So I love history. And especially the history of royal houses. In university, I took up some extra classes from the History major, even though I was studying languages. Because, you know… It was a “History of the British Isles” two-part-class. What’s not to love? That love never really went away, but as it turns out, it gets a bit harder to take on extra courses when you’re not actually in University anymore. Oops? Anyways, all of this to say: I bought Queen Victoria’s Children over a year ago and I finally got around to reading it!
As you could probably guess from the title, this book is somewhat a-typical in that it focuses not just on Queen Victoria herself, but on her children as well. The fun bit about that is that, for example, you still get to hear about Leopold, who was married to Victoria’s niece Charlotte and later became the king of Belgium. (national pride and all that jazz :p )
At the same time, you also get to hear about Victoria’s eldest daughter who married into a family that then spend the following couple of decades fighting with just about the rest of Europe. That’s, right, she married the son of the German emperor. And her brothers and sisters married into families that were attacked by the German. Fun Christmas parties they must have had, right?
Now, I don’t feel like I’m boasting when I say I do know quite a bit about the British royals’ history. I had an entire period where I could not get enough of the Henry VIII-period, another where I was all about the 1066-excapades… And naturally, with The Crown being on, my knowledge of the last almost-century has been expanding. I’m totally the kind of person that has to get their post-episode-fact-check in 🙂
Victoria’s age, however? Not so much – apart from the scientific advances of that period. And of course, the fact that the Prince Consort had a lot to do with that. But that was about it. As this book soon showed – there’s a lot to know. I mean, Victoria basically gave birth to the royal houses of Greece, Russia, Spain, and like 4 other countries. That is some legacy to leave behind!
As I said above, there is a lot of information to give about this family. Queen Victoria – despite not being too enthusiastic about the entire concept of getting married and giving birth – had no less than 9 children. Quite untypical for the time, all of the children survived into adulthood. That means, however, that there is also a lot of names. I mean, those children get married, sometimes have prospective spouses before that, then get children of their own… Well, some of them didn’t have children, but still, you know what I mean.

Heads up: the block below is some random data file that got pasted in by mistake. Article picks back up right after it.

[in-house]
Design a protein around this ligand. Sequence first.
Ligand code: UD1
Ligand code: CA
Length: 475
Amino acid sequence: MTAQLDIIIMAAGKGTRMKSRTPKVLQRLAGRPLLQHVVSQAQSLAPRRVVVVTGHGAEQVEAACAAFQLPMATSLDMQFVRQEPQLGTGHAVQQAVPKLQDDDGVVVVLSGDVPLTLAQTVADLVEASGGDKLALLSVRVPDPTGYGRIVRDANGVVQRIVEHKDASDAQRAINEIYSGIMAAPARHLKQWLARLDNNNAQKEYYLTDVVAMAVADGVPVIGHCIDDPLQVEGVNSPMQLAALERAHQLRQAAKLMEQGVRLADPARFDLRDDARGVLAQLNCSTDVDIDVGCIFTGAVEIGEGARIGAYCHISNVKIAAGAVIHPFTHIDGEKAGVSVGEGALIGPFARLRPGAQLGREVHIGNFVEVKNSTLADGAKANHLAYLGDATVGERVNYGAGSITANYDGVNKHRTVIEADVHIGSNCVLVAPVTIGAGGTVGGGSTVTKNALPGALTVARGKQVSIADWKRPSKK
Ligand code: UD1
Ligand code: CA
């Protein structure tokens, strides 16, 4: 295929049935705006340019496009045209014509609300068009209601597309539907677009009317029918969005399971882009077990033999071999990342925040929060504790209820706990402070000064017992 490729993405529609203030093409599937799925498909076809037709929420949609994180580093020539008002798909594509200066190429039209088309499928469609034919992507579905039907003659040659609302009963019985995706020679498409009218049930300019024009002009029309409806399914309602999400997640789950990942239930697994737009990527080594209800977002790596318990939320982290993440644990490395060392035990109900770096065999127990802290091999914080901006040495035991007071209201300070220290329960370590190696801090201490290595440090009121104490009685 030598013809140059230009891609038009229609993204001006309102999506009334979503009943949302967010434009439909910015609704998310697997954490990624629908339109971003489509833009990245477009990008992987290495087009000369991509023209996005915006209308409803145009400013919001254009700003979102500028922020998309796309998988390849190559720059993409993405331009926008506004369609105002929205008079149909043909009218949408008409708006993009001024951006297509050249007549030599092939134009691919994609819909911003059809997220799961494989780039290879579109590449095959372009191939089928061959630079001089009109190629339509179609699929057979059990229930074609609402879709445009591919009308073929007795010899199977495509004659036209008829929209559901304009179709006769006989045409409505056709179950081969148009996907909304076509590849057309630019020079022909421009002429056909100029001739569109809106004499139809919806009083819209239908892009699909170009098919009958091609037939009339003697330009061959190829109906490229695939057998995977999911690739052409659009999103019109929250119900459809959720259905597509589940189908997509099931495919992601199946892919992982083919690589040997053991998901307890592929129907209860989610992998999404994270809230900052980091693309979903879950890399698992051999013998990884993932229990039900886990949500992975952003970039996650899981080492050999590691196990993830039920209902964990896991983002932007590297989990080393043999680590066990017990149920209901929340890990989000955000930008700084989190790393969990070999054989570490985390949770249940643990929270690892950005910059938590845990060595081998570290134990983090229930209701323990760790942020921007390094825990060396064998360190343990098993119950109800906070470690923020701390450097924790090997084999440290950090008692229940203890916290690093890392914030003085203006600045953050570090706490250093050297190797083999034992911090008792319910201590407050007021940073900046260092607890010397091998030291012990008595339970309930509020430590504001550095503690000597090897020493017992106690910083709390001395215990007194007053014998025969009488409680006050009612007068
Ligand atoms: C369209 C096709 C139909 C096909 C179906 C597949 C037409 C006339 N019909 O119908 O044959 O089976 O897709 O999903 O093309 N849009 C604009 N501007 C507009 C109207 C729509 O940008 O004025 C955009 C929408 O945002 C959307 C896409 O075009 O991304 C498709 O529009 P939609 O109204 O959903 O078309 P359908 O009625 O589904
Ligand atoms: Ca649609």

To actually remember all of those names, when there’s several people with the same name, and then sometimes they’re called by their nickname and sometimes they aren’t? That’s a lot. It might be do-able. That necessitates some structure, however. And that, for me, really was the one thing missing in this book.
There are some pictures in the middle of the book that help a little – only each woman is named by their husbands title. Which, sure, was the habit at the time, but doesn’t necessarily help with the whole “keep these guys apart”-thing.
And okay, there’s a couple of family trees at the back of the book – but, they only show the line up to and including Victoria and Albert. Considering that this book explicitely makes it selling-point that it focusses on their children? I honestly don’t get that choice.
Finally, I do have this much to the author: he manages to get a lot of information in a fairly limited amount of pages. Not only that, but he manages to keep it entertaining, filled with quotes that make the characters speak to you… There’s a reference list that is, as I can only describe it, impressive. And I sincerely have to give kuddo’s for that.
The rating: 3,5/5
I seriously went back and forth between 4 and 3.5 stars, because – while Queen Victoria’s Children reads very easily as a whole, a bit part of writing a book like this is knowing your public. In other words: if you’re going to be playing with names like that, you have to make sure people can actually remember who those names belong to!
All things together, though, I thoroughly enjoyed this book. It got me absolutely miles deep into google searches on all sorts of things related to those generations of royals. And more importantly: it made me discover that apparently there’s now a tv-series about Victoria’s life. And it features Clara Oswald. So basically I need to see it. So there’s that, right? 🙂
If you would like to get all your facts on Queen Victoria and her children straight, you can find the book on Amazon (affiliate link)- I definitely would recommend it, even if you do need to take your time in reading it!